10. Make steady changes. Don’t aim or expect to change overnight. It takes time, patience, and understanding to change the way you eat and to adapt to a healthier eating pattern. Aim to make one change at a time and set it as a goal. Once that it ticked off, you can set a new goal to challenge yourself. Remember not to overwhelm yourself with too many changes at a time.
Nutrition NT also wrote an article on healthy eating for travelling athletes for the magazine’s April-July 2011 issue. Stay tuned for that entry on our blog!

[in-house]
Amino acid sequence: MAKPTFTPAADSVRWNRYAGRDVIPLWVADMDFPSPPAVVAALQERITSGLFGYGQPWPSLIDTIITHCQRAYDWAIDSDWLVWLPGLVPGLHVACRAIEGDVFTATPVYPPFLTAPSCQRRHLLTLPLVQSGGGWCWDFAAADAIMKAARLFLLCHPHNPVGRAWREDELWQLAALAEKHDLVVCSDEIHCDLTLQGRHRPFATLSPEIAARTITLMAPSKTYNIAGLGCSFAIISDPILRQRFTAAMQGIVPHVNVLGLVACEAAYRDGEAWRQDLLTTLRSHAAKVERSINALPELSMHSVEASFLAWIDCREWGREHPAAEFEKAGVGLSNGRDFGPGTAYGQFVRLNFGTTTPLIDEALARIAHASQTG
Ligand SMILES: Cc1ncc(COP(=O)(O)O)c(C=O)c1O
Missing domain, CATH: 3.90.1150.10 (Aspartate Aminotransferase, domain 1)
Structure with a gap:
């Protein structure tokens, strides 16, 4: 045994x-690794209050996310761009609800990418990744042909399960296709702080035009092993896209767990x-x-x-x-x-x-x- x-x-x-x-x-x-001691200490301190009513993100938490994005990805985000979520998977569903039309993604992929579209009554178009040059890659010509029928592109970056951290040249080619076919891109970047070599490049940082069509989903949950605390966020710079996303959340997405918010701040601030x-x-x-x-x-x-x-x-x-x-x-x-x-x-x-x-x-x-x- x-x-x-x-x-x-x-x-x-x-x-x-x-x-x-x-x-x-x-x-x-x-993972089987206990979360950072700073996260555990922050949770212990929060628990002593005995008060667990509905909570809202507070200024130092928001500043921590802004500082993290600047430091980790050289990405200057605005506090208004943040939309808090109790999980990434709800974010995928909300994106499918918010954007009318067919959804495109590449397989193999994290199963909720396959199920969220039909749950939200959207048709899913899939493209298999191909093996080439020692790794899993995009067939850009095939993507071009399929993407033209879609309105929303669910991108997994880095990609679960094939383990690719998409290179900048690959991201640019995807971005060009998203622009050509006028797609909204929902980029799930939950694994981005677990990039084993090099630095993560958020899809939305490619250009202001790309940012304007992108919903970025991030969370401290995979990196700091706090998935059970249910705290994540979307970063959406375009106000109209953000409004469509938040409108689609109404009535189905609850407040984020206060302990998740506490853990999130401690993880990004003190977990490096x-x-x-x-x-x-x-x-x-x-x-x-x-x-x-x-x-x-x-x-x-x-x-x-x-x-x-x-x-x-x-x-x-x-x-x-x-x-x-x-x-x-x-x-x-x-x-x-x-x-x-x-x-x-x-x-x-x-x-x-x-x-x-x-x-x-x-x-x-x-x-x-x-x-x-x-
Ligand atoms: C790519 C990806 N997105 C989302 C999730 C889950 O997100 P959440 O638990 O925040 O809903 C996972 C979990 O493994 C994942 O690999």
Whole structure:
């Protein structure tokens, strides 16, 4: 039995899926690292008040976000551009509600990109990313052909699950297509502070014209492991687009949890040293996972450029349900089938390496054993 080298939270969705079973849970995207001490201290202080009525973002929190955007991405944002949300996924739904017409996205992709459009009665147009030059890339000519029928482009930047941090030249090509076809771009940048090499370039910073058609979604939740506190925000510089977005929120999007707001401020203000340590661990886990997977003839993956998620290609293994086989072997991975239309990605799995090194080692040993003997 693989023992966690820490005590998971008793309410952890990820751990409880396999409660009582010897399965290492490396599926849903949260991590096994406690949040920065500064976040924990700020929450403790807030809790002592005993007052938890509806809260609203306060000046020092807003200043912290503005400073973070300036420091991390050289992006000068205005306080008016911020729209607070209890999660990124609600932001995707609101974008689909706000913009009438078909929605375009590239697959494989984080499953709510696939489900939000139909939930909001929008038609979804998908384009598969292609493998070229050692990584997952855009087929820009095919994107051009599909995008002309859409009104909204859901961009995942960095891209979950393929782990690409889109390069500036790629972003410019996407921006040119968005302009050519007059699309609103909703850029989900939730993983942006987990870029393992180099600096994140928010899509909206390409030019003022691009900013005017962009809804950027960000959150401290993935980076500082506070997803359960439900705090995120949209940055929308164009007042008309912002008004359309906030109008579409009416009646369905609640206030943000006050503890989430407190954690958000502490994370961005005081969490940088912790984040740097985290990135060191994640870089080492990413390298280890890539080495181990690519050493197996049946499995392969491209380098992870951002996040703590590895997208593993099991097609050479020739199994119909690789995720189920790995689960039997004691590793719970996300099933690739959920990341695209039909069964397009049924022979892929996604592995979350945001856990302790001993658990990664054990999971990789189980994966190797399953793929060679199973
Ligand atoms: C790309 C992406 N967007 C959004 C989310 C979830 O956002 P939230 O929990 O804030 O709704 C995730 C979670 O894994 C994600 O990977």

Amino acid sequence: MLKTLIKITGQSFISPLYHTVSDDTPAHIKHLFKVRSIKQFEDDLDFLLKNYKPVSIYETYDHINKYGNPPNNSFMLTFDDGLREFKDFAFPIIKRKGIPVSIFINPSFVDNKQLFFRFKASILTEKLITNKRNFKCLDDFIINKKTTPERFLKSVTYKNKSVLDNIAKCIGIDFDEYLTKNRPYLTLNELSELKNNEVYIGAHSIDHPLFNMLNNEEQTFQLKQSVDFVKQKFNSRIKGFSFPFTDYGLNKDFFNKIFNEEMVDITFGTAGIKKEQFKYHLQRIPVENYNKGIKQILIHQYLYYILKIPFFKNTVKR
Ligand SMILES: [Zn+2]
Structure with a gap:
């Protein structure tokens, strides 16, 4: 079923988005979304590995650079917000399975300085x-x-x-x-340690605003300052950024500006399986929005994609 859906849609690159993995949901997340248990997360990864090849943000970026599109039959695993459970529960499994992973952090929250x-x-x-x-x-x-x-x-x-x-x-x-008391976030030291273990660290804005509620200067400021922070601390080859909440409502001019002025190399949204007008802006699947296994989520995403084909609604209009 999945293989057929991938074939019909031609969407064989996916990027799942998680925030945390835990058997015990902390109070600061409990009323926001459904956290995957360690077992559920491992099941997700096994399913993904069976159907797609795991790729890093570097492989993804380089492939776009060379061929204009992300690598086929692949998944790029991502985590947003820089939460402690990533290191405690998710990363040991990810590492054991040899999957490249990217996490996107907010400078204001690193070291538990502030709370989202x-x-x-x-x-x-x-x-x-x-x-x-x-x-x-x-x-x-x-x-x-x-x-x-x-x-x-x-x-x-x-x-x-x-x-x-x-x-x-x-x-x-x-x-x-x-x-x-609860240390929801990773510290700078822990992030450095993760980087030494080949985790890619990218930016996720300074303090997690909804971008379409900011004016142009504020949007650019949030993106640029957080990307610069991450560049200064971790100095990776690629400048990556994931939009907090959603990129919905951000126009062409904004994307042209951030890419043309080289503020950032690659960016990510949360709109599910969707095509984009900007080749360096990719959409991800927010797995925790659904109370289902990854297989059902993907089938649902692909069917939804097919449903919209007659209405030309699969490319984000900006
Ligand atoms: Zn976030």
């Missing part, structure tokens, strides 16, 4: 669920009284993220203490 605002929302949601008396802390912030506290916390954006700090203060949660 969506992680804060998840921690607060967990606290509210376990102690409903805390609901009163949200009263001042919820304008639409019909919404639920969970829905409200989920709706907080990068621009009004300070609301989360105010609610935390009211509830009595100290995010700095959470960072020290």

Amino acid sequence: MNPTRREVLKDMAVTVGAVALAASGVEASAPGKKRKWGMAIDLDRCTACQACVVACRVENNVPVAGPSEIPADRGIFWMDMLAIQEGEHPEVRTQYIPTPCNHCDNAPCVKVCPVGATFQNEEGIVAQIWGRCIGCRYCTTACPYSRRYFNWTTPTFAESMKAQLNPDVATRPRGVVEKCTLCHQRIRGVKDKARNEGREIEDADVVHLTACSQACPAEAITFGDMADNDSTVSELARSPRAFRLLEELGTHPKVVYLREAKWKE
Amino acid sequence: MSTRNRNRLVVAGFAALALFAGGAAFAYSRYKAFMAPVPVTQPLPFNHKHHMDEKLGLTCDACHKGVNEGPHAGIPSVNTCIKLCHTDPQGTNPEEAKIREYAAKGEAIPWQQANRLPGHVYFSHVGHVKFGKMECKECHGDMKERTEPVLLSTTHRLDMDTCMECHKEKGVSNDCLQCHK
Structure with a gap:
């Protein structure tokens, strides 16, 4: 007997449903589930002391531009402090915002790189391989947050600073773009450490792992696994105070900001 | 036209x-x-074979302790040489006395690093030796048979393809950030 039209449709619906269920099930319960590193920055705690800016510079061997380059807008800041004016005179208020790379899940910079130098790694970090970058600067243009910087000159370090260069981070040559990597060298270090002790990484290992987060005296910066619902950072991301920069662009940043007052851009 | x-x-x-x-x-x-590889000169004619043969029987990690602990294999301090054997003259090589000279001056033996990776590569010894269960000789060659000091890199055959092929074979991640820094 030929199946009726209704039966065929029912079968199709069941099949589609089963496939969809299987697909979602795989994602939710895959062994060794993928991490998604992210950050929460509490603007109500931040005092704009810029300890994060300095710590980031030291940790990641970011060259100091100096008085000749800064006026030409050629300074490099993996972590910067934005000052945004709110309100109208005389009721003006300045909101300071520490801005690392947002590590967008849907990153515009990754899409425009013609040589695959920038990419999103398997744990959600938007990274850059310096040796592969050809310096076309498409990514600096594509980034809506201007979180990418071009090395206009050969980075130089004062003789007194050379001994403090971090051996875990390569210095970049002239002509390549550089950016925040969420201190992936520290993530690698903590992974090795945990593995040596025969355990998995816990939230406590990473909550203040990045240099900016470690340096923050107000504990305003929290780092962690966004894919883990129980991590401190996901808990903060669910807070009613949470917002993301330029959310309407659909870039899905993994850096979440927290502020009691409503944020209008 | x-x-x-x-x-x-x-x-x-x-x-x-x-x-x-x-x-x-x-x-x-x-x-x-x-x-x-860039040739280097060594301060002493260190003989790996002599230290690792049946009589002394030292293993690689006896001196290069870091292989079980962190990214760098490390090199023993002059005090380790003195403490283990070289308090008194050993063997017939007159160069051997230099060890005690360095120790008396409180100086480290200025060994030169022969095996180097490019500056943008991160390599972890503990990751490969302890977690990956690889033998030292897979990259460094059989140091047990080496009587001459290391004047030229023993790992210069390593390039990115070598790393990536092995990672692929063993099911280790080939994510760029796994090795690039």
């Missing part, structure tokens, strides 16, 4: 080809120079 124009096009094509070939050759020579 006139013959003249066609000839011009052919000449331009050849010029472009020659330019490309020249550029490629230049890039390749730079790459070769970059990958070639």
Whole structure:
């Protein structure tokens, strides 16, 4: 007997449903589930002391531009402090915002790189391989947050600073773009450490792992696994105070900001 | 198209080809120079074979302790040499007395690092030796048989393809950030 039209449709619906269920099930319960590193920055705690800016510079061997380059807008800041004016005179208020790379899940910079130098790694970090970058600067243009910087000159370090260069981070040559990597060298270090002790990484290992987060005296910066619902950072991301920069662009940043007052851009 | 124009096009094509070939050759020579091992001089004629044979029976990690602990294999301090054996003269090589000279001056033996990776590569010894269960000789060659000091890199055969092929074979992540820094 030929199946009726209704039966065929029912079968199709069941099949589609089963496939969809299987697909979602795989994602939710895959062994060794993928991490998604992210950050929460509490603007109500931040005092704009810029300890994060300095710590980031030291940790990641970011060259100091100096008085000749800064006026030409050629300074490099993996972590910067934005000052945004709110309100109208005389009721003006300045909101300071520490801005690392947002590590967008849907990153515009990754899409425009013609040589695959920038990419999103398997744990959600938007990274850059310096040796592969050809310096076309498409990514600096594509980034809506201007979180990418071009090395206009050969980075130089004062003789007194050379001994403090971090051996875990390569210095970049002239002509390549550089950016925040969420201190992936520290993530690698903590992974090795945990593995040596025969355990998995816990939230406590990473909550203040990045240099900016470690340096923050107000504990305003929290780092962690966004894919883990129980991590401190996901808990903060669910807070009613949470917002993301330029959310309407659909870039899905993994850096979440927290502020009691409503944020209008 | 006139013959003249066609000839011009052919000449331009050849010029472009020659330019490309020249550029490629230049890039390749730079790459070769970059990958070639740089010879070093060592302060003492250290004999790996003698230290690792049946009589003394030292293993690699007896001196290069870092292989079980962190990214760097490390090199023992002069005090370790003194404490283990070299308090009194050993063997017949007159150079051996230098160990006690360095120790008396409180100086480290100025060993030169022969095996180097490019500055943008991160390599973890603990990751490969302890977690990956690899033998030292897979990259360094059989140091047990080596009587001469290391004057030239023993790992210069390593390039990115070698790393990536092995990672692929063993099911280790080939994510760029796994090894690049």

WEDNESDAY, JUNE 8, 2011
A Healthy Diet and Exercise for Good Health
Diet and exercise for
Staying active would also
improve your health greatly. Aim to do at least 30 minutes of physical activity
daily. If you have not been doing any exercise, start with a lower intensity
exercise like walking. If you are not able to exercise for 30 minutes a day,
try doing it in segments, such as three 10-minute segments of exercise
throughout the day.
THURSDAY, MAY 5, 2011
Welcome to the Nutrition NT Blog
Hello and welcome to the Nutrition NT blog. We will be sharing more content to accompany you on your journey towards better health so stay tuned!
THURSDAY, MAY 5, 2011